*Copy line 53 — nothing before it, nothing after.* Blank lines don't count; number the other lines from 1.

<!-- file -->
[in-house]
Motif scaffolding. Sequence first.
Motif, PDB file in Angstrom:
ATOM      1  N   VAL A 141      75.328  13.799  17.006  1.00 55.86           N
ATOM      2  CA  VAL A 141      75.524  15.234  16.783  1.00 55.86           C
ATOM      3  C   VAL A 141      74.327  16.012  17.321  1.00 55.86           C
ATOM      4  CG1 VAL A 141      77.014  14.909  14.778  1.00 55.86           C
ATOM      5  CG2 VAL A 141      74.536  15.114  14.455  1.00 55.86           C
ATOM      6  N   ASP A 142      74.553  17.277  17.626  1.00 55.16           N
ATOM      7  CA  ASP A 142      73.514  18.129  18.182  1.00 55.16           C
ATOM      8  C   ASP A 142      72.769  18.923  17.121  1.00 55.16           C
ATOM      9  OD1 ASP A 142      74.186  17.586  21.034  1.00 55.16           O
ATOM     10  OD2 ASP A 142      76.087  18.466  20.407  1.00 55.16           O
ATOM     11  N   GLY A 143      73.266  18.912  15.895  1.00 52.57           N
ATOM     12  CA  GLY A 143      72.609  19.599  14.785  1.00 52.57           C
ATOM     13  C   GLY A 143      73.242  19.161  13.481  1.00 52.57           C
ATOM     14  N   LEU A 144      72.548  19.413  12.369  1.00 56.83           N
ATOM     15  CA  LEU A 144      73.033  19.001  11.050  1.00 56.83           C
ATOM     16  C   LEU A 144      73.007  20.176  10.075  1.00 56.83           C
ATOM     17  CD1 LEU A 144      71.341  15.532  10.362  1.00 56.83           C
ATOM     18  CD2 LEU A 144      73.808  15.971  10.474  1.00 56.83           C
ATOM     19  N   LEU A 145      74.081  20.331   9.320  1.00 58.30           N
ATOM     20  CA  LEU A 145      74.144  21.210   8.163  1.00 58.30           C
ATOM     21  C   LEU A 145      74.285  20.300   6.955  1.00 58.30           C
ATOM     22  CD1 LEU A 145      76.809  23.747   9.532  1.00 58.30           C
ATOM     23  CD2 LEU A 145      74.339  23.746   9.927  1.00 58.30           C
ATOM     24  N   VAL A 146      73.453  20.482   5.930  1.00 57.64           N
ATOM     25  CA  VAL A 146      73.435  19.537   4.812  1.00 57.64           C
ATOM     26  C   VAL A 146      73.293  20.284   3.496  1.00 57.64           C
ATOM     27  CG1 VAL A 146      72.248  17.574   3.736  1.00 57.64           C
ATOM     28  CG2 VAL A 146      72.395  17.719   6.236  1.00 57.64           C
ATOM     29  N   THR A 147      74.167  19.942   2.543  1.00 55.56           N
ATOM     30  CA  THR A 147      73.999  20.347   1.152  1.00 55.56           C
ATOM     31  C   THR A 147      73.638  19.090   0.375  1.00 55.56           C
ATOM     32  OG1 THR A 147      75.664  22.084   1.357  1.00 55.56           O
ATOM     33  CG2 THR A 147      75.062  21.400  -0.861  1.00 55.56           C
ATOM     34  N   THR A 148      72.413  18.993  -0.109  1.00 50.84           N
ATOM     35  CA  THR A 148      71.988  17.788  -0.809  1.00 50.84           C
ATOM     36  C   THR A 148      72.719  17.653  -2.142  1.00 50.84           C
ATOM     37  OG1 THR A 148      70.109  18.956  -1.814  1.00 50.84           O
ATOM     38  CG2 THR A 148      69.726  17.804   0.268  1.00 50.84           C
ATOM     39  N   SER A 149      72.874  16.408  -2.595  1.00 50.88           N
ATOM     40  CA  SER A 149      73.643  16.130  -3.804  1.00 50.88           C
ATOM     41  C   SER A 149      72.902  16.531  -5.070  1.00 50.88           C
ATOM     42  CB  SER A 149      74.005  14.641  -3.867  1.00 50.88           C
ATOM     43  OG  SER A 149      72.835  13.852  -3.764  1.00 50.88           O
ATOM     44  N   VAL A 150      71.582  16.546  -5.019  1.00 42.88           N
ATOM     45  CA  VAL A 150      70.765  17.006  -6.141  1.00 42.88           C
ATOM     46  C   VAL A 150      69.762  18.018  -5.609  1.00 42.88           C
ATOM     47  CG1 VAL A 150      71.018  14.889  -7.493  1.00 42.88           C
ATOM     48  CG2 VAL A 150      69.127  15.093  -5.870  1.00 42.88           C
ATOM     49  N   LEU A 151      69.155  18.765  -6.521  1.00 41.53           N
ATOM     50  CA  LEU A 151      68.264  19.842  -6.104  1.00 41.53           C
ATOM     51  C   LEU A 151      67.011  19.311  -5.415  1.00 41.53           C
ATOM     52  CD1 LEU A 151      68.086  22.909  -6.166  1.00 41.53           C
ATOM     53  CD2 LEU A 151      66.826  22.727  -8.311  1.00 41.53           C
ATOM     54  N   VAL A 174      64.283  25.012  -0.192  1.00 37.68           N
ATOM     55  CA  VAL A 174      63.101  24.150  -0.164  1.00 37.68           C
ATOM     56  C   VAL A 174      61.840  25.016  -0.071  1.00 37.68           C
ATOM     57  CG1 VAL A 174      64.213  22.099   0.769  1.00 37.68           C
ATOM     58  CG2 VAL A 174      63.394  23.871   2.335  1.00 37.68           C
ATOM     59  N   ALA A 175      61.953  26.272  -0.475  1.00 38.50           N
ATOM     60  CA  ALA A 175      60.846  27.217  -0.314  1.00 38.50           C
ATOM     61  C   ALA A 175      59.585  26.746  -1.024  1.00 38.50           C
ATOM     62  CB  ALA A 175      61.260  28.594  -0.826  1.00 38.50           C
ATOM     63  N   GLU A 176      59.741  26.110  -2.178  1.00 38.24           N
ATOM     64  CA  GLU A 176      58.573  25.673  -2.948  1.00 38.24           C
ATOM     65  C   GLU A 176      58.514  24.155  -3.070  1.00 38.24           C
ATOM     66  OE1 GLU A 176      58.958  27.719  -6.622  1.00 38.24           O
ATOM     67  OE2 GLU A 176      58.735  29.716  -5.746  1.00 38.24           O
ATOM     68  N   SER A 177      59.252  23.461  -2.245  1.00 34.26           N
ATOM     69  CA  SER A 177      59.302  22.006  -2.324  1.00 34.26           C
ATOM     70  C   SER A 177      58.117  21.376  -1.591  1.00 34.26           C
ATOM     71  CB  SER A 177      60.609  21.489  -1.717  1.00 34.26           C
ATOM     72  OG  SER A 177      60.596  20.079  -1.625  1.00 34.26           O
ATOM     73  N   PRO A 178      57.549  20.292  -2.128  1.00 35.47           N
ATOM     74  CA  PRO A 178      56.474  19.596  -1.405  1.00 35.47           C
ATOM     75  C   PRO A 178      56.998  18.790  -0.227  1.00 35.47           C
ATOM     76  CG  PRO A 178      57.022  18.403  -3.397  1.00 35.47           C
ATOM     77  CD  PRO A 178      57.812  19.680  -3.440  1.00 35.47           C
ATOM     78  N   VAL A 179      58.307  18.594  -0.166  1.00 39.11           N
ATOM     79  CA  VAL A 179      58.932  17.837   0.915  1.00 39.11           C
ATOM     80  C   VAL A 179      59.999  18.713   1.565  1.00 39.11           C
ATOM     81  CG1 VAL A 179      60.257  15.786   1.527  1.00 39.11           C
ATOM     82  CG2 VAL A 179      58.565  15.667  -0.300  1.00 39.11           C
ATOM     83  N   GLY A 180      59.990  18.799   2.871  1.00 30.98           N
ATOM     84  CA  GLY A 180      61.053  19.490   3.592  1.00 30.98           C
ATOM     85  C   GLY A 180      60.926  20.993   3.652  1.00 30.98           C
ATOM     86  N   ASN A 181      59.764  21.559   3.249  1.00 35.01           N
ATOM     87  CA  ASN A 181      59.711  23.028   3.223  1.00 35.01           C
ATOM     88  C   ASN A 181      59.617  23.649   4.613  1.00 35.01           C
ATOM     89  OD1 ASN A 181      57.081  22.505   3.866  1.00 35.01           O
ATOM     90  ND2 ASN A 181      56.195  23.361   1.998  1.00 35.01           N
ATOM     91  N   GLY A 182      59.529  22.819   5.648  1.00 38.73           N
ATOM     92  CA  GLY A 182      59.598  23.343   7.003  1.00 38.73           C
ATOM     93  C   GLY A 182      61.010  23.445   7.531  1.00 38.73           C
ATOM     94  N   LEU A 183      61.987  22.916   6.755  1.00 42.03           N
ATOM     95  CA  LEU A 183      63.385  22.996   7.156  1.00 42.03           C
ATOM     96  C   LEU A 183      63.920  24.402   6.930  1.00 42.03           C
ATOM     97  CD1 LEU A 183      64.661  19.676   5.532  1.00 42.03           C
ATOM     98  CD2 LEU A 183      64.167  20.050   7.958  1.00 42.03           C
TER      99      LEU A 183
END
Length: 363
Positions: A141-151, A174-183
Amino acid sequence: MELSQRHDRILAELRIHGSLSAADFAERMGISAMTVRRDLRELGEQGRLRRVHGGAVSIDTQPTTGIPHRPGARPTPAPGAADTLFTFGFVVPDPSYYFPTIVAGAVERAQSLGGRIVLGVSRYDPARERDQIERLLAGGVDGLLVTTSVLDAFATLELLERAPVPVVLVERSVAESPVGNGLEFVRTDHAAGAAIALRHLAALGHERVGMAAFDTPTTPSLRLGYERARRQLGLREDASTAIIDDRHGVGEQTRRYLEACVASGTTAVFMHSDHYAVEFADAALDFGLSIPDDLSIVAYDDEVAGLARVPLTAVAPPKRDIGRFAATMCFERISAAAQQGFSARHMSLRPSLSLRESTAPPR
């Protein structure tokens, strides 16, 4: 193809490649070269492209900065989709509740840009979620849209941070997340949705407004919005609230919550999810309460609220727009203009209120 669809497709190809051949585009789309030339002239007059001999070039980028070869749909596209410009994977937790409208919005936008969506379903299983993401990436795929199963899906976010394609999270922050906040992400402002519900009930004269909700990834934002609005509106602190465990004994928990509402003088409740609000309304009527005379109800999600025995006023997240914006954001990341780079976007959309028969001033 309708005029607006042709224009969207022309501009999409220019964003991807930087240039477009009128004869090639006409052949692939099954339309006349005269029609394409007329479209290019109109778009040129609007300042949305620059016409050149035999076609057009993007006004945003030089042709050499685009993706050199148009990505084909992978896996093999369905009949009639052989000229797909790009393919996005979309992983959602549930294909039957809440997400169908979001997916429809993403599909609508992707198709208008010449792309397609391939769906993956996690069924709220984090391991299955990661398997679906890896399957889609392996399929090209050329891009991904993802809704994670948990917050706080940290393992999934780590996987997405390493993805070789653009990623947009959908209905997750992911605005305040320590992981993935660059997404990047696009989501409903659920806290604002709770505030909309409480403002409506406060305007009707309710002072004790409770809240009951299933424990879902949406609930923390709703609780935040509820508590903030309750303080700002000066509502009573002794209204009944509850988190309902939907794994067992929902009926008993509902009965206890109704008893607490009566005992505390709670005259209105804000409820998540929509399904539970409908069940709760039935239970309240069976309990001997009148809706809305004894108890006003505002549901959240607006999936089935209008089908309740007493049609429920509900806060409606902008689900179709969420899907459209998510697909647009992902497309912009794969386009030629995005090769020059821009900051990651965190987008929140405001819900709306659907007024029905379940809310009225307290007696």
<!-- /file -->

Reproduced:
ATOM     50  CA  LEU A 151      68.264  19.842  -6.104  1.00 41.53           C